At that moment they had the extraordinary luck – or providence, as the Separatists saw it – to spot the Hopewell passing on its return journey, and they flagged it down. Once reunited, they negotiated the return of some of their lost possessions and seized a French man-of-war and so were at least able to return home with as many ships as they started with. The Canadian adventure was over and the Separatists decided to settle in Amsterdam.
The Newfoundland expedition developed a tradition that the Mayflower pilgrims followed. Francis Johnson’s congregation also seem to have made two further attempts to settle in the new world before 1620, about which very little is known except that they ended in disaster. The journey of 1597 has had little recognition as an early colonial attempt on North America, partly because nothing came of it, but also because even those involved seem to have had little interest in the story. Francis Johnson wrote eight or so books without ever making any mention of the expedition. The captain of the Hopewell published his log, containing details of their explorations and their encounters with the French, but made no mention of any would-be settlers on board, apparently not being particularly keen to associate his name with the transportation of felons. George Johnson wrote a brief account of the journey, but it is buried in a much longer account of his theological and personal quarrels with his brother.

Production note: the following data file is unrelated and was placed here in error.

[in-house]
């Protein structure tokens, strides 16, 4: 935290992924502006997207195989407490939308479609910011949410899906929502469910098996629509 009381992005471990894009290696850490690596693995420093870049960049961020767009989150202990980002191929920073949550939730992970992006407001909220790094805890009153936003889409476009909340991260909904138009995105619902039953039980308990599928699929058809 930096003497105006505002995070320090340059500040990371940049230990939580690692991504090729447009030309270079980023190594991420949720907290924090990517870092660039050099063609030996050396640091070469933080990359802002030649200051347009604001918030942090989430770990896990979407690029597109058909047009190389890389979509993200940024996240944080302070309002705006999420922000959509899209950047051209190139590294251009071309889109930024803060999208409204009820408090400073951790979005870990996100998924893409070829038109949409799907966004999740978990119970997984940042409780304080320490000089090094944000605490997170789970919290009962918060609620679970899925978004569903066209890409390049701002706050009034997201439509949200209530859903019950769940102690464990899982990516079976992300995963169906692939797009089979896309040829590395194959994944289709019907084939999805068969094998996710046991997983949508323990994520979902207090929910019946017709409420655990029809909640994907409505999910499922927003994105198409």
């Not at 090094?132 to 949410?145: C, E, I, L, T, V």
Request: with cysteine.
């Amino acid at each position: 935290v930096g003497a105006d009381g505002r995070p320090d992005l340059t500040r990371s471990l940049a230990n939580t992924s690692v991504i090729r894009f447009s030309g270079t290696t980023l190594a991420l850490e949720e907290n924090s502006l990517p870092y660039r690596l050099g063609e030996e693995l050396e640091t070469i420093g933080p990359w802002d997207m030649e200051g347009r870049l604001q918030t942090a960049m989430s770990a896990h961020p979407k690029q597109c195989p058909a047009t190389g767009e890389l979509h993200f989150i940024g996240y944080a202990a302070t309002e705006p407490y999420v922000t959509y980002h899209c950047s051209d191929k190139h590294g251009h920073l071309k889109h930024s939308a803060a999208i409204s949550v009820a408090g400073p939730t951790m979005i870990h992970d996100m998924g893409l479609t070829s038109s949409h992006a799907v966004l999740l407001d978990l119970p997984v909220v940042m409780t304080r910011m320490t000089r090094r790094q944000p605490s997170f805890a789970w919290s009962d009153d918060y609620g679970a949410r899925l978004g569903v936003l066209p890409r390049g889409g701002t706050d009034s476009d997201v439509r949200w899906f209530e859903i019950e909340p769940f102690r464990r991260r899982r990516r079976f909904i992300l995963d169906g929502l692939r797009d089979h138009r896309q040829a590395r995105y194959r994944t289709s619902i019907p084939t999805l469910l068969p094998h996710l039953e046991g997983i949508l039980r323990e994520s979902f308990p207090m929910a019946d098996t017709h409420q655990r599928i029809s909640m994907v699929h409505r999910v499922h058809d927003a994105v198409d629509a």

Because of this, little is known of the Separatists’ feelings about the expedition or the destination, their hopes, fears or disappointments. We do know that what they attempted and failed was achieved by their spiritual brothers and sisters 23 years later.
Stephen Tomkins is the author of The Journey to the Mayflower: God’s Outlaws & the Invention of Freedom (Hodder & Stoughton, 2020).